Baghdad / Obelisk: Difficult choices loom on the horizon after the Federal Supreme Court in Iraq announced the rejection of the case for dissolving Parliament, stressing that it does not have the constitutional authority to dissolve Parliament.
And the court’s decision means throwing the ball into the court of the deputies who must dissolve parliament, according to interpretations of the repercussions of the court’s decision, but the coordination framework rejects this and believes that parliament sessions should be held in order to form a government.
The dissolution of Parliament is a basic demand of the leader of the Sadrist movement, Muqtada al-Sadr, who has threatened more escalatory steps, but his opponents in the coordination framework see priority in forming a government.
The Iraqi constitution clarifies the mechanism for dissolving parliament: that the parliament is dissolved by an absolute majority of its members with two options; The first is at the request of one third of its members, and the other is at the request of the Prime Minister and with the approval of the President of the Republic.
The economic and political researcher Daoud Hashem explains that what is happening is the same scenario of the year 2010 where there is a political class that tolerated itself in violating the constitution, its texts and its terms, and it was permitted to be higher than the law as long as it agreed on the feast, and when the feast became fat and stained with an external taste, it returned again and differed Once again on the constitution that you violated yesterday.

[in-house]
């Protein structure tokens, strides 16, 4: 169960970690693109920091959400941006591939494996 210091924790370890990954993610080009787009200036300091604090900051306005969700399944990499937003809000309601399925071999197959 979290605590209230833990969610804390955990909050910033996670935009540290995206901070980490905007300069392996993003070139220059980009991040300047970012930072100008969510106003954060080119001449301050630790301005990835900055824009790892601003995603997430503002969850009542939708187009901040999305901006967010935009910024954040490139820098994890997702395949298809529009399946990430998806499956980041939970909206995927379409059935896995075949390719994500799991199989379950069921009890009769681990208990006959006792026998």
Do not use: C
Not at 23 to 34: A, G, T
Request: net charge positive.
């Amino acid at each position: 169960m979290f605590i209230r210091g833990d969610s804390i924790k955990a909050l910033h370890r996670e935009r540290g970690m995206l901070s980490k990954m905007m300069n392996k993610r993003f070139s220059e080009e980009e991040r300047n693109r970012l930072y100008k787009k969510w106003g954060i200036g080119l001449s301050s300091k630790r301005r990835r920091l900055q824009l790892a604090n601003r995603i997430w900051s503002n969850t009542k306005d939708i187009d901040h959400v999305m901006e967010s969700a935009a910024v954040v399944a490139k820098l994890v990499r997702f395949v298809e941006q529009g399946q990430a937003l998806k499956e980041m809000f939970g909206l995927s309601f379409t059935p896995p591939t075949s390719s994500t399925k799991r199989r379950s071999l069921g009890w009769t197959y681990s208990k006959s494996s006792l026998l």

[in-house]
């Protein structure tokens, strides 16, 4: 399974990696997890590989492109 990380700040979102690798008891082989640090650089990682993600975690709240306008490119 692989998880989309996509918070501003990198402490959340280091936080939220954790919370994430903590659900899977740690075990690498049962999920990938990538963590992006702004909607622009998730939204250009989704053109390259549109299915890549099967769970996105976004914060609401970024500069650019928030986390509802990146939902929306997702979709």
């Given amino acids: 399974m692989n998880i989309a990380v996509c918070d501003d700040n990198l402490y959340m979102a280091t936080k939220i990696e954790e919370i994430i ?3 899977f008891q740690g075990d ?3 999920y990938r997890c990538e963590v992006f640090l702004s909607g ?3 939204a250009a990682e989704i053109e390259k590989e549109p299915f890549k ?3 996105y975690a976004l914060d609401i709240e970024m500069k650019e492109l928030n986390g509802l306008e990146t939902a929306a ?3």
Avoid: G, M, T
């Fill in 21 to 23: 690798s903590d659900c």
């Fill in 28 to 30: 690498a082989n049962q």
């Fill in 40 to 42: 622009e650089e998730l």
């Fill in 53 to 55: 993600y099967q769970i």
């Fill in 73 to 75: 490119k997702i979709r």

In a tweet to the Minister of Al-Sadr, on Thursday, he said that the return of the deputies of the Sadrist bloc is prohibited, calling on the major Sunni, Kurdish and some Shiite blocs to work to dissolve parliament and hold early elections.
The academic and political researcher, Dr. Muammar Al-Kubaisi, believes that Al-Sadr retracted his retirement with a tweet in favor of Al-Iraqi, where he spoke (about him) with a roadmap that would keep Barham and Al-Kazemi with the dissolution of Parliament itself and the call for early elections and the termination of the lawsuit to invalidate the resignations, but the framework responded by refusal.
The crisis began when al-Sadr wanted to form a political majority government with the participation of the Sovereignty Alliance led by al-Halbousi, and the Kurdistan Democratic Party, headed by Massoud Barzani, but the Iranian-backed coordinating framework rejected that.
After al-Sadr was unable to form that government, he announced the resignation of his deputies from Parliament and demanded the formation of a non-consensual government that would be acceptable.
The sit-ins in front of Parliament developed, leading to the outbreak of armed clashes between Al-Sadr’s Peace Brigades and the Popular Mobilization, which constituted a milestone in the political crisis.